They should receive as much light and air as possible around them, even if they receive no direct sunlight. Some of these plants do better if they receive some sunshine and these have been classed as those requiring semi-shade.

It is an interesting fact that plants with gold and green variegated leaves generally lose their golden mottling in shady places.

This is attributed to the fact that plants produce more chlorophyll or green matter in the shade in the effort to grow well.

Chlorophyll converts sunlight into sugar and energy for the plant, and, the more chlorophyll the plant can produce, the more it can trap the meager light it receives under trees and in other shady places.

Oddly enough, there are certain variegated shrubs like the Snow-bush (Breyia nivosa) which must be grown in the shade and are popular as indoor pot-plants where they do not lose their white-tipped coloring. Thus, you need to know your plants before subjecting them to strict rules and regulations.

Cultivation of Shade-Loving Plants

Plants which grow in the shade generally grow under trees, so that they have not only to struggle for light, but have to compete with the tree roots for moisture and soil nutriments.

It follows, therefore, that the gardener must take care to provide a good soil and plenty of moisture if he wants to grow his plants successfully.

When first preparing a shady spot, you must cultivate or till the soil to a depth of anything from 10 inches (25.4 cm) down to 24 inches (0.61 m), depending on the size of the plants to be used.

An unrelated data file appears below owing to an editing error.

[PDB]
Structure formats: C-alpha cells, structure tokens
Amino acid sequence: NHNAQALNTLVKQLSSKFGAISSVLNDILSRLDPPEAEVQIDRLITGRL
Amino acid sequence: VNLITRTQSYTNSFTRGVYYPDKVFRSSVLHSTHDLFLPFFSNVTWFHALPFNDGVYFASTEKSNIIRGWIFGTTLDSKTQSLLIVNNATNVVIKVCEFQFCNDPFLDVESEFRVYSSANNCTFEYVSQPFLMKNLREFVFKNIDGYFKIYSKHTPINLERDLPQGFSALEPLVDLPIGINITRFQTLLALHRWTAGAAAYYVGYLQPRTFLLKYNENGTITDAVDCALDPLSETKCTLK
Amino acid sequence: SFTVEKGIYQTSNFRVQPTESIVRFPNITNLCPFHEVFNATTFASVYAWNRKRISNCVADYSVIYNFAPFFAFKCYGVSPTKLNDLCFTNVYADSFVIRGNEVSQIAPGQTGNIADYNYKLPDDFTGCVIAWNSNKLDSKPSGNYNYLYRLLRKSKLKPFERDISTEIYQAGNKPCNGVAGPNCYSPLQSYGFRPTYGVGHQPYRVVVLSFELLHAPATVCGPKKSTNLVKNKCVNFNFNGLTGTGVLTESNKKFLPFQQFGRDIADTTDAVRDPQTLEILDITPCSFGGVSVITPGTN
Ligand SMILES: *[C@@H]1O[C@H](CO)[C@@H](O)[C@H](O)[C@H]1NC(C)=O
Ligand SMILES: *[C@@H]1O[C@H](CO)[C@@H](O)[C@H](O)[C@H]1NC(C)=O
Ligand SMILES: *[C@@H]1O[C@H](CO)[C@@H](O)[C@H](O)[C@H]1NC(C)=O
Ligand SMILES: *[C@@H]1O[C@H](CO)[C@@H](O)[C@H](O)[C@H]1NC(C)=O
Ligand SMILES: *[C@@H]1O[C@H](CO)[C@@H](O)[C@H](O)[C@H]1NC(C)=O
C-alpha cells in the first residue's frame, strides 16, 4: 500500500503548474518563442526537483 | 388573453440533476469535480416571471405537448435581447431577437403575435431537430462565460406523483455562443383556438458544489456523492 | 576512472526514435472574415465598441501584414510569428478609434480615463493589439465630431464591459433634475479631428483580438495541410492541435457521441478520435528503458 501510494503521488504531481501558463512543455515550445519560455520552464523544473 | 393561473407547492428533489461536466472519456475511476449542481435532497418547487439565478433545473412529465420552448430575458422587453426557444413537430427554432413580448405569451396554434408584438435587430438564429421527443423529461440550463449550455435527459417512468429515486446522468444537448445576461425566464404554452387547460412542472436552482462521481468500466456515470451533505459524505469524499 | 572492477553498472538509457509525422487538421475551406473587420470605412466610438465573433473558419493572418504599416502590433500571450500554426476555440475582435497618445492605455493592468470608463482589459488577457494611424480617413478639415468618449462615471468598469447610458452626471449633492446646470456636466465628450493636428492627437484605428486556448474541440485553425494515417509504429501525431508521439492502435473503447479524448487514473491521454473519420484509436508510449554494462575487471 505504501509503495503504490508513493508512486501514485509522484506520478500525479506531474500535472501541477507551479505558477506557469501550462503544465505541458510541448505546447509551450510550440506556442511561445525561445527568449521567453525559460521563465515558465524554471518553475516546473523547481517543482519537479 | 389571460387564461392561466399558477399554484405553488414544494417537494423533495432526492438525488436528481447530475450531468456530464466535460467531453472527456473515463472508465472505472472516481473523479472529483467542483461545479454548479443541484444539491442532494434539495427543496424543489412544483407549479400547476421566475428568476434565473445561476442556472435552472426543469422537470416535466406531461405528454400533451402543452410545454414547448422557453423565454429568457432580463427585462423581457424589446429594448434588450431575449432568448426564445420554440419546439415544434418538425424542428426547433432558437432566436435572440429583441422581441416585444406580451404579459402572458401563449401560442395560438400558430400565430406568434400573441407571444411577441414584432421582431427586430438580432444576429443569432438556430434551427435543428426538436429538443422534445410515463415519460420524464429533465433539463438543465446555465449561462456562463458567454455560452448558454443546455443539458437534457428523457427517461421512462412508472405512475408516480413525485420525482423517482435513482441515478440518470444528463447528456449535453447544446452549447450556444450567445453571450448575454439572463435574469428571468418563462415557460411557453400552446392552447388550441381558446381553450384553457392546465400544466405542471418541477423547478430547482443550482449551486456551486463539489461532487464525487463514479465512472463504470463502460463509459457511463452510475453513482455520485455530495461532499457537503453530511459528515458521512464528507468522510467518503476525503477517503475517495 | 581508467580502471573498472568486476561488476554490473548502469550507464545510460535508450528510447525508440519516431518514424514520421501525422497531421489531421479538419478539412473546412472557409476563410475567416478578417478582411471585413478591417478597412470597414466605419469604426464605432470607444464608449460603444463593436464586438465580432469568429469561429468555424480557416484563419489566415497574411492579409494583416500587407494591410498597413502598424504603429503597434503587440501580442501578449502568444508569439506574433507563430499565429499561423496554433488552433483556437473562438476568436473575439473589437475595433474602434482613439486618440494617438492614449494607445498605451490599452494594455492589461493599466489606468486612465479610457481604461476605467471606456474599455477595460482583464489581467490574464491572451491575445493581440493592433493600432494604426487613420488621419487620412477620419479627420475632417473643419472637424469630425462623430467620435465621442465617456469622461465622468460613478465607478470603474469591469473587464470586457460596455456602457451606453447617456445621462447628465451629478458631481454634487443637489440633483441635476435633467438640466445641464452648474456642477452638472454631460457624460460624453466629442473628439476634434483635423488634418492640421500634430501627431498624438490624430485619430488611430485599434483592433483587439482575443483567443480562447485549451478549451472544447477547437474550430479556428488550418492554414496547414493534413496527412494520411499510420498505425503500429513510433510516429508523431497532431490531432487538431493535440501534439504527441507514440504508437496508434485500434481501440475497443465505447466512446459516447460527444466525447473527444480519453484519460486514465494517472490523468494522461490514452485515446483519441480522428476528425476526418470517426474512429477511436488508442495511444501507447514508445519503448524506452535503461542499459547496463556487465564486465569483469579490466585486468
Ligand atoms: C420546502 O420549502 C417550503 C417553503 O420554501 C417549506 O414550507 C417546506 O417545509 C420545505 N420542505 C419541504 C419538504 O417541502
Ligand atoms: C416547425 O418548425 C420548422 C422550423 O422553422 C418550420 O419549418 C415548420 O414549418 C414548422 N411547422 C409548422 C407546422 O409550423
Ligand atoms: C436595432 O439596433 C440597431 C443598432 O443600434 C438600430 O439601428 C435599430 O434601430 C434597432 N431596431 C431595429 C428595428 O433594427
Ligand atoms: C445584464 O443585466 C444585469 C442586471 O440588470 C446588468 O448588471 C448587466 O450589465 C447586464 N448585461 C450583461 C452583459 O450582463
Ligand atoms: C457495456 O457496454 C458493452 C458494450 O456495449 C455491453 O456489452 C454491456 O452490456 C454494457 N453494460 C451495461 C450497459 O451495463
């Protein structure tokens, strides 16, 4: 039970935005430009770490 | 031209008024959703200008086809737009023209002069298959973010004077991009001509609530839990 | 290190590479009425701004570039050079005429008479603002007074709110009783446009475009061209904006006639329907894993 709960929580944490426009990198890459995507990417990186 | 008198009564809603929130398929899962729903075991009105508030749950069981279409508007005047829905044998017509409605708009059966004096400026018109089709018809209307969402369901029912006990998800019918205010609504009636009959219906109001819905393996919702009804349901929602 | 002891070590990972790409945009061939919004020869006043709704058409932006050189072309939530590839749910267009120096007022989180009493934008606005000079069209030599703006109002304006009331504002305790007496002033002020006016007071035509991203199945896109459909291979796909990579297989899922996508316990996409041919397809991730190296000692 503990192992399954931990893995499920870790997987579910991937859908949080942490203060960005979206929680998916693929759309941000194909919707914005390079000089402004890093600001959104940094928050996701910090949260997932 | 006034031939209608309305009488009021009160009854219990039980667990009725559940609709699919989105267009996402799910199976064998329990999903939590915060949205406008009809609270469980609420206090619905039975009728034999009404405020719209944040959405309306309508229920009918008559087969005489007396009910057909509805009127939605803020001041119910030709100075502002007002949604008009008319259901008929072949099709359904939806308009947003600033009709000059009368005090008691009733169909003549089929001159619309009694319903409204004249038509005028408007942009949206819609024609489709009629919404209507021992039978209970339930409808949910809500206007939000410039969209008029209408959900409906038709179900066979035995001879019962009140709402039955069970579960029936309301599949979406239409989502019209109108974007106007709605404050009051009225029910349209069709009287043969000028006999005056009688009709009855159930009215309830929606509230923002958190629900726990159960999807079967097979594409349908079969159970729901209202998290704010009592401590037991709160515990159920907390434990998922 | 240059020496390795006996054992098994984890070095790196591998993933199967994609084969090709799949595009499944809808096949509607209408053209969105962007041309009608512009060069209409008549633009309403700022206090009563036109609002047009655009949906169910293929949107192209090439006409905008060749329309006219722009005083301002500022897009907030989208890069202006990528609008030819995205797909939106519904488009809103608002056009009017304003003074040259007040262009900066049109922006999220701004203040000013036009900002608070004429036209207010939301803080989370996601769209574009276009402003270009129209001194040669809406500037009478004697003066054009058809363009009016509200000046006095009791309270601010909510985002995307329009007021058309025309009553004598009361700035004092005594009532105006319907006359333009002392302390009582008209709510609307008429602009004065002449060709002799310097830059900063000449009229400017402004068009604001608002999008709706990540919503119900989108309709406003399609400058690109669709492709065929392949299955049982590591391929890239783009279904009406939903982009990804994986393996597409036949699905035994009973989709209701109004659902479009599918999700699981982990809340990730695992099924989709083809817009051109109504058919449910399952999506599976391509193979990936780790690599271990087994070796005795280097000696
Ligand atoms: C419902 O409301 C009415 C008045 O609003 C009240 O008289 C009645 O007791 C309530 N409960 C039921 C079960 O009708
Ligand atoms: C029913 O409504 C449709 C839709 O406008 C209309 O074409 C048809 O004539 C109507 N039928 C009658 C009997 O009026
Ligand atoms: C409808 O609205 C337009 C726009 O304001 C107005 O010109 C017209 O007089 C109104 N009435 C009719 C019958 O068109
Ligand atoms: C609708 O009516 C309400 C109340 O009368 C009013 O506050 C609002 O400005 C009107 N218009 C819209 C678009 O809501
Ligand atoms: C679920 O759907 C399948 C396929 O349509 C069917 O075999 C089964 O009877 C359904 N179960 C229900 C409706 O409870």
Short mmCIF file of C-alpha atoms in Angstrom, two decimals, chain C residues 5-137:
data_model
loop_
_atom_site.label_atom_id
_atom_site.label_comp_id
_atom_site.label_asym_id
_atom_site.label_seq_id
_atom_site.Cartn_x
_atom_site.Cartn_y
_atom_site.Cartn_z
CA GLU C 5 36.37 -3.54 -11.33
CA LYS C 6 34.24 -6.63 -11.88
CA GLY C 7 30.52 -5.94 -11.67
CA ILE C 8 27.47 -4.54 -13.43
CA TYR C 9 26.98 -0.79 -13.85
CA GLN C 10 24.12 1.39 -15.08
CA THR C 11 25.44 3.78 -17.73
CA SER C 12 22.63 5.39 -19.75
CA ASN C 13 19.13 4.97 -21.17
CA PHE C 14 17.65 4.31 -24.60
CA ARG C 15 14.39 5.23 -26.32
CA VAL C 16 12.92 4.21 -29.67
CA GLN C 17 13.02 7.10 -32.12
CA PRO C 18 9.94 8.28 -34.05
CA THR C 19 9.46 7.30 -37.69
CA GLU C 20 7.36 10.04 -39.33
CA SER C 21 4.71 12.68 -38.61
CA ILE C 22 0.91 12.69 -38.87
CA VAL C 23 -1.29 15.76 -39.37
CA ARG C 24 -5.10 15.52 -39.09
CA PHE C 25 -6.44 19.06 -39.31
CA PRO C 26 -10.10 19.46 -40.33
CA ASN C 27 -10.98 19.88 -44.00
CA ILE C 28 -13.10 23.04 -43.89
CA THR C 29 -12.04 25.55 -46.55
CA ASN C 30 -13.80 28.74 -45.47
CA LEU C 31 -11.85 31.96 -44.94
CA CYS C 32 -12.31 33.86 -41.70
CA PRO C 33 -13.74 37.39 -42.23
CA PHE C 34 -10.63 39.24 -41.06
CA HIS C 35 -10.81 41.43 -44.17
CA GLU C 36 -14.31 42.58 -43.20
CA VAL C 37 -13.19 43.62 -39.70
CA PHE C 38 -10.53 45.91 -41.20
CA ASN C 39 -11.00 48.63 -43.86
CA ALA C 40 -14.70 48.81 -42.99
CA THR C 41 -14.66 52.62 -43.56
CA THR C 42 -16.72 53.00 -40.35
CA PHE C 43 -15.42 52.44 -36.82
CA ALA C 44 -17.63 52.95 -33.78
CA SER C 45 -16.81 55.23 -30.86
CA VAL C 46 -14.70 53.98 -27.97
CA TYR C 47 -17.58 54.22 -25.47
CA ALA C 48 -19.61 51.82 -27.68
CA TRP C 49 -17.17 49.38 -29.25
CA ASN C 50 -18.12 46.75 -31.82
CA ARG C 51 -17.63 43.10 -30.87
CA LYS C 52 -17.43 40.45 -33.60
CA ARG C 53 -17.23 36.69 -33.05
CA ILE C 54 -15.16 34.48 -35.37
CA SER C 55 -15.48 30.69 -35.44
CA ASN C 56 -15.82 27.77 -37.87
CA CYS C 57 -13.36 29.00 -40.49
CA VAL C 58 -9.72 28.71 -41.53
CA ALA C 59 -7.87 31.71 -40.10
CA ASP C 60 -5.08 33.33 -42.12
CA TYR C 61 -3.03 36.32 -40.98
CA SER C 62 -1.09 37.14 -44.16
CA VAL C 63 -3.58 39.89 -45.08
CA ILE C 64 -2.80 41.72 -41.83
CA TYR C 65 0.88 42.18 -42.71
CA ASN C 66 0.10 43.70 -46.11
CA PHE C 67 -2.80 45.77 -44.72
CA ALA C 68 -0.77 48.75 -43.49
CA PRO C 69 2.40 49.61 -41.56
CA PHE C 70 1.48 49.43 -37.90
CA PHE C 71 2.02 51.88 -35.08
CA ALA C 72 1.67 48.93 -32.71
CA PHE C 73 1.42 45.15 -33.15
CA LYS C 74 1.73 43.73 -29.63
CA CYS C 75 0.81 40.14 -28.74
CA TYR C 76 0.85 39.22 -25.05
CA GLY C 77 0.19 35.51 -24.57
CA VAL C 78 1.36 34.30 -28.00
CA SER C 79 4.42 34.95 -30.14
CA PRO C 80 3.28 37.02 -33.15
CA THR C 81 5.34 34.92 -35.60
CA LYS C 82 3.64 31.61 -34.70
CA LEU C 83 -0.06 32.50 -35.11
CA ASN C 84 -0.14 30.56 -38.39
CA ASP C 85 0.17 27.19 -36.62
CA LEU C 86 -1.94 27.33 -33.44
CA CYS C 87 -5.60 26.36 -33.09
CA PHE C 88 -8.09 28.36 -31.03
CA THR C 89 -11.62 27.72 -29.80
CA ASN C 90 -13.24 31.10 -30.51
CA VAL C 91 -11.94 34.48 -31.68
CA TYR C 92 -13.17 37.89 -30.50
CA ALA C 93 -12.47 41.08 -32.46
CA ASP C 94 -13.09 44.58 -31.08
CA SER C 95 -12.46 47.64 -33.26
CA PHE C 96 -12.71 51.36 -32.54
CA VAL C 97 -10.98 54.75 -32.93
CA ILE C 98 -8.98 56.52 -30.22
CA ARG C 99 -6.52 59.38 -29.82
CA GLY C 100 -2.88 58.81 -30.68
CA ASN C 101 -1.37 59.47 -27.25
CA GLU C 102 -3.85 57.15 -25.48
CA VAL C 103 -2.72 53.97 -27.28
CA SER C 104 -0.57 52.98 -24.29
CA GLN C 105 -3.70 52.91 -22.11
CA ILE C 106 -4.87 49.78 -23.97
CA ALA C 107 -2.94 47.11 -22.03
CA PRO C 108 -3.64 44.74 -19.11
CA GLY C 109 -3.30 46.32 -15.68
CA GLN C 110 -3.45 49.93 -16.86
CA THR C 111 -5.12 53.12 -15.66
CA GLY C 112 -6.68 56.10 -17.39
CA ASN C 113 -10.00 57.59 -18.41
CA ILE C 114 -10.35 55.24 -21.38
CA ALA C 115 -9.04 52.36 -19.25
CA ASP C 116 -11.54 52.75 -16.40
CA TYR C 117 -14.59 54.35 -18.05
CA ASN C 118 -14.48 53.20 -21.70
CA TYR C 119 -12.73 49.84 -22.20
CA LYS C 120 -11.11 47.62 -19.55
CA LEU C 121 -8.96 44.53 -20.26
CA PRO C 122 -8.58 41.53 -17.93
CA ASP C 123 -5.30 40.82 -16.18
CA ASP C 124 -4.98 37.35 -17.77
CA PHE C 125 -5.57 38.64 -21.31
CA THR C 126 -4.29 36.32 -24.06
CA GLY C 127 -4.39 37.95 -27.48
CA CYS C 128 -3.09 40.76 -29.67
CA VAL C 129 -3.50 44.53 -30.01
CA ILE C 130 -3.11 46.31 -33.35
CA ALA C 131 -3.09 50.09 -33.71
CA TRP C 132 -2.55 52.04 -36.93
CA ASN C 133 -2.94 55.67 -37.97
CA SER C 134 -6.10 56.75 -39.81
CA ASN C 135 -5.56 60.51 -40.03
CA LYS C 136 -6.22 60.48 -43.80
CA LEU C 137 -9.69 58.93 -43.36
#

Remove some soil if it is poor and then add as many barrow-loads of humus as you can. Well-rotted leaf-mold or compost made with manure is ideal.

Fertilizers or manure on their own will not improve the quality of the soil and it is important that the ground should be softened so that the small plant roots can penetrate it easily.

The fibrous loam will also be able to absorb moisture better and retain it longer. An examination of the soil in natural woodland, where shade-loving plants are found, will indicate how rich and loamy it is, as a result of the decay of continuously falling leaves.

Woodland plants, therefore, need exceptionally good soil if they are to do as well in the garden as they do in the wild.

Annual dressings of compost laid on the surface of the soil or lightly forked in, will continue to keep the soil in good condition.

Once your plants are in position they must be watered regularly and deeply.

It is best to place a garden sprayer on the bed and let it soak down into the surface for a period of at least half an hour or more.